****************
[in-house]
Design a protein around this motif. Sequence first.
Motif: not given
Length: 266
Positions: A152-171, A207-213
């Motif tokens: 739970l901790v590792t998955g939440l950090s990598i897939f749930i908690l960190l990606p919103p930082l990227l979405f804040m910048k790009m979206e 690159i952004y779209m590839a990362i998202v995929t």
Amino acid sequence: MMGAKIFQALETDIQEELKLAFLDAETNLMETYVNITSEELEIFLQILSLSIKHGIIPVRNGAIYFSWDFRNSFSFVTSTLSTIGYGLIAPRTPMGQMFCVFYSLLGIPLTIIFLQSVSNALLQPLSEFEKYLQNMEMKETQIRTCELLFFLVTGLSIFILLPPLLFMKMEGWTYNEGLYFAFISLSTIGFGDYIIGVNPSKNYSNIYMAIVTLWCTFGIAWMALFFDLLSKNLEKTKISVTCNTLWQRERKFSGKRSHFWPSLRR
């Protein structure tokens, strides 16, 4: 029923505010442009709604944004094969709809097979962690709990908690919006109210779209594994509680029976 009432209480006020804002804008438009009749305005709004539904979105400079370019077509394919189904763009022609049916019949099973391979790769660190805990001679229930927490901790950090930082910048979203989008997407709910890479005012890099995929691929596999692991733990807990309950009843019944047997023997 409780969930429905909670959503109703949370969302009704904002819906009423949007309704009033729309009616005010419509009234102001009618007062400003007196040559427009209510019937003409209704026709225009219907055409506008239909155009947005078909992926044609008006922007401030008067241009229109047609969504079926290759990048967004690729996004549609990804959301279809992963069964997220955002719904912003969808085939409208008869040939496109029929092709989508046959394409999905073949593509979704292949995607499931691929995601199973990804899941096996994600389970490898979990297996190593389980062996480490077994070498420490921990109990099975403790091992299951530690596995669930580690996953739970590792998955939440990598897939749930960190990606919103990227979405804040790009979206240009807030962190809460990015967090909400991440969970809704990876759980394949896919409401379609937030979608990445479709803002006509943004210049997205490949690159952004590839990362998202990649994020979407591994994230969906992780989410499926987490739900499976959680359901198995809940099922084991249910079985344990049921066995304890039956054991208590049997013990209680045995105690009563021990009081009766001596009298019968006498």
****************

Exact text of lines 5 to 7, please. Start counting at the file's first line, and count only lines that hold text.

Positions: A152-171, A207-213
């Motif tokens: 739970l901790v590792t998955g939440l950090s990598i897939f749930i908690l960190l990606p919103p930082l990227l979405f804040m910048k790009m979206e 690159i952004y779209m590839a990362i998202v995929t």
Amino acid sequence: MMGAKIFQALETDIQEELKLAFLDAETNLMETYVNITSEELEIFLQILSLSIKHGIIPVRNGAIYFSWDFRNSFSFVTSTLSTIGYGLIAPRTPMGQMFCVFYSLLGIPLTIIFLQSVSNALLQPLSEFEKYLQNMEMKETQIRTCELLFFLVTGLSIFILLPPLLFMKMEGWTYNEGLYFAFISLSTIGFGDYIIGVNPSKNYSNIYMAIVTLWCTFGIAWMALFFDLLSKNLEKTKISVTCNTLWQRERKFSGKRSHFWPSLRR